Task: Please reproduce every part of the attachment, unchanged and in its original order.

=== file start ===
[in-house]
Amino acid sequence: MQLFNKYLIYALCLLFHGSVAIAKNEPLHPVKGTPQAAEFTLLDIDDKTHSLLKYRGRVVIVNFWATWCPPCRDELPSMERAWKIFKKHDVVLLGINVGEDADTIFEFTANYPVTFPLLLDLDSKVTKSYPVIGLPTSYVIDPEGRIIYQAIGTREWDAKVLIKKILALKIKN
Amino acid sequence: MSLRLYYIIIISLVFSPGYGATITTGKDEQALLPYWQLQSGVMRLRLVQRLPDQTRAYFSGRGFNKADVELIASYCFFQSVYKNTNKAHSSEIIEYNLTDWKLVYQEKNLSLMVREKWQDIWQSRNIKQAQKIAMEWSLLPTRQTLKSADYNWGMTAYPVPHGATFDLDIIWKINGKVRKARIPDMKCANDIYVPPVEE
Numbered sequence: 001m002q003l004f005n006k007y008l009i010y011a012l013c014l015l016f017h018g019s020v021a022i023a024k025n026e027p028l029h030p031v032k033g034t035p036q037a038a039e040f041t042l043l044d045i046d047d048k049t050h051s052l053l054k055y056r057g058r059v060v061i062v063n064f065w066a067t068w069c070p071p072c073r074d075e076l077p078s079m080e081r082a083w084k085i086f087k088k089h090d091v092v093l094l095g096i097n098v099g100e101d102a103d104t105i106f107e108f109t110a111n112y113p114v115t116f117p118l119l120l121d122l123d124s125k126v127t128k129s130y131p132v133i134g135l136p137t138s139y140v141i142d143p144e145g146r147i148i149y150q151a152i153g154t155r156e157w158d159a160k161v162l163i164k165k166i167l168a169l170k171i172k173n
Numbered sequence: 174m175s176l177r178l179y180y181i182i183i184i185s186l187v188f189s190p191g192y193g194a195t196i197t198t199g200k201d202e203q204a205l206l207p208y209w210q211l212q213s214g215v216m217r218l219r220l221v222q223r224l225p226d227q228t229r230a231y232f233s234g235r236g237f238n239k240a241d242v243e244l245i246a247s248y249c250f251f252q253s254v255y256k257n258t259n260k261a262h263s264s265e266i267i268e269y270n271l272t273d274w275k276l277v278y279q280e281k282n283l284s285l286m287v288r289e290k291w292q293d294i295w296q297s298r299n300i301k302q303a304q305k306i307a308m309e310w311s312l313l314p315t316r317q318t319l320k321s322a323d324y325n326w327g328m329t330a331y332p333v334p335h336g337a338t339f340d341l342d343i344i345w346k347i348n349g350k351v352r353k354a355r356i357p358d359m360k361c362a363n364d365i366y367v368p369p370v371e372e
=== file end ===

[in-house]
Amino acid sequence: MQLFNKYLIYALCLLFHGSVAIAKNEPLHPVKGTPQAAEFTLLDIDDKTHSLLKYRGRVVIVNFWATWCPPCRDELPSMERAWKIFKKHDVVLLGINVGEDADTIFEFTANYPVTFPLLLDLDSKVTKSYPVIGLPTSYVIDPEGRIIYQAIGTREWDAKVLIKKILALKIKN
Amino acid sequence: MSLRLYYIIIISLVFSPGYGATITTGKDEQALLPYWQLQSGVMRLRLVQRLPDQTRAYFSGRGFNKADVELIASYCFFQSVYKNTNKAHSSEIIEYNLTDWKLVYQEKNLSLMVREKWQDIWQSRNIKQAQKIAMEWSLLPTRQTLKSADYNWGMTAYPVPHGATFDLDIIWKINGKVRKARIPDMKCANDIYVPPVEE
Numbered sequence: 001m002q003l004f005n006k007y008l009i010y011a012l013c014l015l016f017h018g019s020v021a022i023a024k025n026e027p028l029h030p031v032k033g034t035p036q037a038a039e040f041t042l043l044d045i046d047d048k049t050h051s052l053l054k055y056r057g058r059v060v061i062v063n064f065w066a067t068w069c070p071p072c073r074d075e076l077p078s079m080e081r082a083w084k085i086f087k088k089h090d091v092v093l094l095g096i097n098v099g100e101d102a103d104t105i106f107e108f109t110a111n112y113p114v115t116f117p118l119l120l121d122l123d124s125k126v127t128k129s130y131p132v133i134g135l136p137t138s139y140v141i142d143p144e145g146r147i148i149y150q151a152i153g154t155r156e157w158d159a160k161v162l163i164k165k166i167l168a169l170k171i172k173n
Numbered sequence: 174m175s176l177r178l179y180y181i182i183i184i185s186l187v188f189s190p191g192y193g194a195t196i197t198t199g200k201d202e203q204a205l206l207p208y209w210q211l212q213s214g215v216m217r218l219r220l221v222q223r224l225p226d227q228t229r230a231y232f233s234g235r236g237f238n239k240a241d242v243e244l245i246a247s248y249c250f251f252q253s254v255y256k257n258t259n260k261a262h263s264s265e266i267i268e269y270n271l272t273d274w275k276l277v278y279q280e281k282n283l284s285l286m287v288r289e290k291w292q293d294i295w296q297s298r299n300i301k302q303a304q305k306i307a308m309e310w311s312l313l314p315t316r317q318t319l320k321s322a323d324y325n326w327g328m329t330a331y332p333v334p335h336g337a338t339f340d341l342d343i344i345w346k347i348n349g350k351v352r353k354a355r356i357p358d359m360k361c362a363n364d365i366y367v368p369p370v371e372e